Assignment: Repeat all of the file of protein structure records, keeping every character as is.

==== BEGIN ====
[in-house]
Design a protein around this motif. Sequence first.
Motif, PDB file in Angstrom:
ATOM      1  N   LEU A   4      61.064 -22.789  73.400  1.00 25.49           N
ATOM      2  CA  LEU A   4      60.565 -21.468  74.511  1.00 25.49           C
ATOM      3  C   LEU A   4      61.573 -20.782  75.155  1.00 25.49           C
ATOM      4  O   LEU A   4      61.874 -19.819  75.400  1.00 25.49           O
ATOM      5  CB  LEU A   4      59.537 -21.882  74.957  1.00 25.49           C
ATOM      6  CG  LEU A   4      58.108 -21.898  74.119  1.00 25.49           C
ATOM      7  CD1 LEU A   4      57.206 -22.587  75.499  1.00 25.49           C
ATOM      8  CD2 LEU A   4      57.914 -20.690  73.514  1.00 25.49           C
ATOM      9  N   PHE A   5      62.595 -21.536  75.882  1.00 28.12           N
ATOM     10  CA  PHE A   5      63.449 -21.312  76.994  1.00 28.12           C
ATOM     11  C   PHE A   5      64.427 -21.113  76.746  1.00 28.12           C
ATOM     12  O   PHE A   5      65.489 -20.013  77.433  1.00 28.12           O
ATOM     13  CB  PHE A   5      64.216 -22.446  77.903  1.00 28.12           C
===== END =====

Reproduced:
[in-house]
Design a protein around this motif. Sequence first.
Motif, PDB file in Angstrom:
ATOM      1  N   LEU A   4      61.064 -22.789  73.400  1.00 25.49           N
ATOM      2  CA  LEU A   4      60.565 -21.468  74.511  1.00 25.49           C
ATOM      3  C   LEU A   4      61.573 -20.782  75.155  1.00 25.49           C
ATOM      4  O   LEU A   4      61.874 -19.819  75.400  1.00 25.49           O
ATOM      5  CB  LEU A   4      59.537 -21.882  74.957  1.00 25.49           C
ATOM      6  CG  LEU A   4      58.108 -21.898  74.119  1.00 25.49           C
ATOM      7  CD1 LEU A   4      57.206 -22.587  75.499  1.00 25.49           C
ATOM      8  CD2 LEU A   4      57.914 -20.690  73.514  1.00 25.49           C
ATOM      9  N   PHE A   5      62.595 -21.536  75.882  1.00 28.12           N
ATOM     10  CA  PHE A   5      63.449 -21.312  76.994  1.00 28.12           C
ATOM     11  C   PHE A   5      64.427 -21.113  76.746  1.00 28.12           C
ATOM     12  O   PHE A   5      65.489 -20.013  77.433  1.00 28.12           O
ATOM     13  CB  PHE A   5      64.216 -22.446  77.903  1.00 28.12           C